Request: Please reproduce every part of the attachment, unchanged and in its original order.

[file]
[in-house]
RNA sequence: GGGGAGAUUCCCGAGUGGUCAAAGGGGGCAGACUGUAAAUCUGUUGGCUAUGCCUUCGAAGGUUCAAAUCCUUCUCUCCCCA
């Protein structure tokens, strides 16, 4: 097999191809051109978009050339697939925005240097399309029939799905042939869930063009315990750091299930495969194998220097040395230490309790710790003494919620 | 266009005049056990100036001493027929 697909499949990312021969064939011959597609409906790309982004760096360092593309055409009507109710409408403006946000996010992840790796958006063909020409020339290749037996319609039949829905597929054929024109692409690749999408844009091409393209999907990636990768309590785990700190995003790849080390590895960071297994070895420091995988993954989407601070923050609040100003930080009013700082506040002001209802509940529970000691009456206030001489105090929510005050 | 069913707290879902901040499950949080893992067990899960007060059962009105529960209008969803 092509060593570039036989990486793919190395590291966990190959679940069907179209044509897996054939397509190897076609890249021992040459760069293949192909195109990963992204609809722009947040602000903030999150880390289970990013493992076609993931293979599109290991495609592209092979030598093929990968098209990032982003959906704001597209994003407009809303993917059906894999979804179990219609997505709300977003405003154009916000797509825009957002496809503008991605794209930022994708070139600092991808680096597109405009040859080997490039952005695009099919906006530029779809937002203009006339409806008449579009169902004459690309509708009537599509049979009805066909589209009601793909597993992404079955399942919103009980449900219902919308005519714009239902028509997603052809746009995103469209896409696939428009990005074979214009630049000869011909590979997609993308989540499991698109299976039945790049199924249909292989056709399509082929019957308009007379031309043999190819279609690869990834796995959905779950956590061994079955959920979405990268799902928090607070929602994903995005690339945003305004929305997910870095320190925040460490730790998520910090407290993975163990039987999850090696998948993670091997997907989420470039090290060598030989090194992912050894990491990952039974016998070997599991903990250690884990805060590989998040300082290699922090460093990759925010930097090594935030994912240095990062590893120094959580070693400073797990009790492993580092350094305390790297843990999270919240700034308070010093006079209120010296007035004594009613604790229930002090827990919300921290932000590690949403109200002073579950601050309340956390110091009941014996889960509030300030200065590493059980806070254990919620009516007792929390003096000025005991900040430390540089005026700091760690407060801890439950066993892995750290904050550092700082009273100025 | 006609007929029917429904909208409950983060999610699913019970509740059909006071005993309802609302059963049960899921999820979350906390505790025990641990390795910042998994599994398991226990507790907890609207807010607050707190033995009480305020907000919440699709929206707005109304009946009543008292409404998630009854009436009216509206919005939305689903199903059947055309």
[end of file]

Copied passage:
[in-house]
RNA sequence: GGGGAGAUUCCCGAGUGGUCAAAGGGGGCAGACUGUAAAUCUGUUGGCUAUGCCUUCGAAGGUUCAAAUCCUUCUCUCCCCA
């Protein structure tokens, strides 16, 4: 097999191809051109978009050339697939925005240097399309029939799905042939869930063009315990750091299930495969194998220097040395230490309790710790003494919620 | 266009005049056990100036001493027929 697909499949990312021969064939011959597609409906790309982004760096360092593309055409009507109710409408403006946000996010992840790796958006063909020409020339290749037996319609039949829905597929054929024109692409690749999408844009091409393209999907990636990768309590785990700190995003790849080390590895960071297994070895420091995988993954989407601070923050609040100003930080009013700082506040002001209802509940529970000691009456206030001489105090929510005050 | 069913707290879902901040499950949080893992067990899960007060059962009105529960209008969803 092509060593570039036989990486793919190395590291966990190959679940069907179209044509897996054939397509190897076609890249021992040459760069293949192909195109990963992204609809722009947040602000903030999150880390289970990013493992076609993931293979599109290991495609592209092979030598093929990968098209990032982003959906704001597209994003407009809303993917059906894999979804179990219609997505709300977003405003154009916000797509825009957002496809503008991605794209930022994708070139600092991808680096597109405009040859080997490039952005695009099919906006530029779809937002203009006339409806008449579009169902004459690309509708009537599509049979009805066909589209009601793909597993992404079955399942919103009980449900219902919308005519714009239902028509997603052809746009995103469209896409696939428009990005074979214009630049000869011909590979997609993308989540499991698109299976039945790049199924249909292989056709399509082929019957308009007379031309043999190819279609690869990834796995959905779950956590061994079955959920979405990268799902928090607070929602994903995005690339945003305004929305997910870095320190925040460490730790998520910090407290993975163990039987999850090696998948993670091997997907989420470039090290060598030989090194992912050894990491990952039974016998070997599991903990250690884990805060590989998040300082290699922090460093990759925010930097090594935030994912240095990062590893120094959580070693400073797990009790492993580092350094305390790297843990999270919240700034308070010093006079209120010296007035004594009613604790229930002090827990919300921290932000590690949403109200002073579950601050309340956390110091009941014996889960509030300030200065590493059980806070254990919620009516007792929390003096000025005991900040430390540089005026700091760690407060801890439950066993892995750290904050550092700082009273100025 | 006609007929029917429904909208409950983060999610699913019970509740059909006071005993309802609302059963049960899921999820979350906390505790025990641990390795910042998994599994398991226990507790907890609207807010607050707190033995009480305020907000919440699709929206707005109304009946009543008292409404998630009854009436009216509206919005939305689903199903059947055309």